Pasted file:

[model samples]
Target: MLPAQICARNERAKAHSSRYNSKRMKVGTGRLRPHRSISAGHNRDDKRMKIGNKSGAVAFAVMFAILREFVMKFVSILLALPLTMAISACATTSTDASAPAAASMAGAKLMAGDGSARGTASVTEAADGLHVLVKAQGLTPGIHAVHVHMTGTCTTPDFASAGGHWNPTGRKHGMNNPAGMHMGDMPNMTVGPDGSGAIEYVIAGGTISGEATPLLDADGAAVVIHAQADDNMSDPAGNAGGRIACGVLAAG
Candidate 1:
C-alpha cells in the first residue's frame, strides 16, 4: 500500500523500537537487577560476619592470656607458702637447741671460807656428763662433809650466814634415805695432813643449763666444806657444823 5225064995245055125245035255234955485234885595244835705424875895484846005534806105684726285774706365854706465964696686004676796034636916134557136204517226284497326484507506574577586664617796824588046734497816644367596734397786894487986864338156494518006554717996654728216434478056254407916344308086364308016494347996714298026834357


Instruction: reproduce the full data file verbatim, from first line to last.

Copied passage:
[model samples]
Target: MLPAQICARNERAKAHSSRYNSKRMKVGTGRLRPHRSISAGHNRDDKRMKIGNKSGAVAFAVMFAILREFVMKFVSILLALPLTMAISACATTSTDASAPAAASMAGAKLMAGDGSARGTASVTEAADGLHVLVKAQGLTPGIHAVHVHMTGTCTTPDFASAGGHWNPTGRKHGMNNPAGMHMGDMPNMTVGPDGSGAIEYVIAGGTISGEATPLLDADGAAVVIHAQADDNMSDPAGNAGGRIACGVLAAG
Candidate 1:
C-alpha cells in the first residue's frame, strides 16, 4: 500500500523500537537487577560476619592470656607458702637447741671460807656428763662433809650466814634415805695432813643449763666444806657444823 5225064995245055125245035255234955485234885595244835705424875895484846005534806105684726285774706365854706465964696686004676796034636916134557136204517226284497326484507506574577586664617796824588046734497816644367596734397786894487986864338156494518006554717996654728216434478056254407916344308086364308016494347996714298026834357